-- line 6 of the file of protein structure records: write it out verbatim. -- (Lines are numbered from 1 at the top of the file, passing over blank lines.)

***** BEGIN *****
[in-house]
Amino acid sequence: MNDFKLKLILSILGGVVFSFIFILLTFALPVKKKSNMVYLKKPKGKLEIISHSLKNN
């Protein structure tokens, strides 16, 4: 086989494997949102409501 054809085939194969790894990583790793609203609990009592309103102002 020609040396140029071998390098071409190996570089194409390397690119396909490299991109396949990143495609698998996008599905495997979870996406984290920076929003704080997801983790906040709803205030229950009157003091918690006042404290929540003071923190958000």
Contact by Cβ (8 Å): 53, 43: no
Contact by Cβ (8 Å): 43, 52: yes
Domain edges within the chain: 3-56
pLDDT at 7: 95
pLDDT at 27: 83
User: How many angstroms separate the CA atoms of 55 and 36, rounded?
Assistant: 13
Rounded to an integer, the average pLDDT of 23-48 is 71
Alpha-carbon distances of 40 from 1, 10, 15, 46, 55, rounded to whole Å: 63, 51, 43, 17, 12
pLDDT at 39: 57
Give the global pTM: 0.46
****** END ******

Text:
Domain edges within the chain: 3-56